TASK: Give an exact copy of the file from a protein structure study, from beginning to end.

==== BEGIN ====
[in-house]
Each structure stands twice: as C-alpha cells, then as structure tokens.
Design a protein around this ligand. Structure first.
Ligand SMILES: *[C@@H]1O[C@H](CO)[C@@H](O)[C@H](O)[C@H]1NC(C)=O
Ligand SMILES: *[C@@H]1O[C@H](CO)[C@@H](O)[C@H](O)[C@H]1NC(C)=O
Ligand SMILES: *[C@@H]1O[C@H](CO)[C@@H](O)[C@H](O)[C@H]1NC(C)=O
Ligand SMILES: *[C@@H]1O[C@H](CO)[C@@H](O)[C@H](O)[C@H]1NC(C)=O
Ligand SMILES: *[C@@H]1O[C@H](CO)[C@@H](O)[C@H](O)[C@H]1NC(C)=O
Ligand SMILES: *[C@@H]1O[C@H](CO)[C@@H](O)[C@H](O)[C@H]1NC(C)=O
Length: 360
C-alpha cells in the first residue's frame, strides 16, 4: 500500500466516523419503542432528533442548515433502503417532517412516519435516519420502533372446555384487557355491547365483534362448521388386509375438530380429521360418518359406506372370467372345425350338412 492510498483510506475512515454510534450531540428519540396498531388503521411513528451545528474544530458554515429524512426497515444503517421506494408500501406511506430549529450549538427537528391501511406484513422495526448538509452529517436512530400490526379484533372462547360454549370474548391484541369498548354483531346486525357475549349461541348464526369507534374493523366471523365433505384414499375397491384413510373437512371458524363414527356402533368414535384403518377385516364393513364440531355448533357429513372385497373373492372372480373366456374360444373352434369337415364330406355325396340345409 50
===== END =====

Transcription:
[in-house]
Each structure stands twice: as C-alpha cells, then as structure tokens.
Design a protein around this ligand. Structure first.
Ligand SMILES: *[C@@H]1O[C@H](CO)[C@@H](O)[C@H](O)[C@H]1NC(C)=O
Ligand SMILES: *[C@@H]1O[C@H](CO)[C@@H](O)[C@H](O)[C@H]1NC(C)=O
Ligand SMILES: *[C@@H]1O[C@H](CO)[C@@H](O)[C@H](O)[C@H]1NC(C)=O
Ligand SMILES: *[C@@H]1O[C@H](CO)[C@@H](O)[C@H](O)[C@H]1NC(C)=O
Ligand SMILES: *[C@@H]1O[C@H](CO)[C@@H](O)[C@H](O)[C@H]1NC(C)=O
Ligand SMILES: *[C@@H]1O[C@H](CO)[C@@H](O)[C@H](O)[C@H]1NC(C)=O
Length: 360
C-alpha cells in the first residue's frame, strides 16, 4: 500500500466516523419503542432528533442548515433502503417532517412516519435516519420502533372446555384487557355491547365483534362448521388386509375438530380429521360418518359406506372370467372345425350338412 492510498483510506475512515454510534450531540428519540396498531388503521411513528451545528474544530458554515429524512426497515444503517421506494408500501406511506430549529450549538427537528391501511406484513422495526448538509452529517436512530400490526379484533372462547360454549370474548391484541369498548354483531346486525357475549349461541348464526369507534374493523366471523365433505384414499375397491384413510373437512371458524363414527356402533368414535384403518377385516364393513364440531355448533357429513372385497373373492372372480373366456374360444373352434369337415364330406355325396340345409 50